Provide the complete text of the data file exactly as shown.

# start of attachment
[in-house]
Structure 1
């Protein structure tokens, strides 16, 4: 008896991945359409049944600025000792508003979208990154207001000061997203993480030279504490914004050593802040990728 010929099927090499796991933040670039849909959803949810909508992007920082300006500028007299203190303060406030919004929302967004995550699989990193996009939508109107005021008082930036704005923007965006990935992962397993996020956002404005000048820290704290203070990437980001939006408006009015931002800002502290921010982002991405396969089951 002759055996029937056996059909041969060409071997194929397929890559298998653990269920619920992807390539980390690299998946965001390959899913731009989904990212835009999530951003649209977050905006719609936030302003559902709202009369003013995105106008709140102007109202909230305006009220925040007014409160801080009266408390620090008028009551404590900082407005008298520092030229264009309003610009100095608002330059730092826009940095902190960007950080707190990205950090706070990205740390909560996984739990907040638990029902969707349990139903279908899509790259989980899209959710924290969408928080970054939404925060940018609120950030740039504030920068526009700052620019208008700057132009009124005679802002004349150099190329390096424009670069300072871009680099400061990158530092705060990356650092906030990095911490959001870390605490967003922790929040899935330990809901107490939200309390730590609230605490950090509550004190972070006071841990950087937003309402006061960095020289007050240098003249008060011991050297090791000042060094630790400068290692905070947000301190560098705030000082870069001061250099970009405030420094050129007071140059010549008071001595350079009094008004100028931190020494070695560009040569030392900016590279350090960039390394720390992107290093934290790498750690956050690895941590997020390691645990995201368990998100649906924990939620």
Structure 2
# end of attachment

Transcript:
[in-house]
Structure 1
């Protein structure tokens, strides 16, 4: 008896991945359409049944600025000792508003979208990154207001000061997203993480030279504490914004050593802040990728 010929099927090499796991933040670039849909959803949810909508992007920082300006500028007299203190303060406030919004929302967004995550699989990193996009939508109107005021008082930036704005923007965006990935992962397993996020956002404005000048820290704290203070990437980001939006408006009015931002800002502290921010982002991405396969089951 002759055996029937056996059909041969060409071997194929397929890559298998653990269920619920992807390539980390690299998946965001390959899913731009989904990212835009999530951003649209977050905006719609936030302003559902709202009369003013995105106008709140102007109202909230305006009220925040007014409160801080009266408390620090008028009551404590900082407005008298520092030229264009309003610009100095608002330059730092826009940095902190960007950080707190990205950090706070990205740390909560996984739990907040638990029902969707349990139903279908899509790259989980899209959710924290969408928080970054939404925060940018609120950030740039504030920068526009700052620019208008700057132009009124005679802002004349150099190329390096424009670069300072871009680099400061990158530092705060990356650092906030990095911490959001870390605490967003922790929040899935330990809901107490939200309390730590609230605490950090509550004190972070006071841990950087937003309402006061960095020289007050240098003249008060011991050297090791000042060094630790400068290692905070947000301190560098705030000082870069001061250099970009405030420094050129007071140059010549008071001595350079009094008004100028931190020494070695560009040569030392900016590279350090960039390394720390992107290093934290790498750690956050690895941590997020390691645990995201368990998100649906924990939620």
Structure 2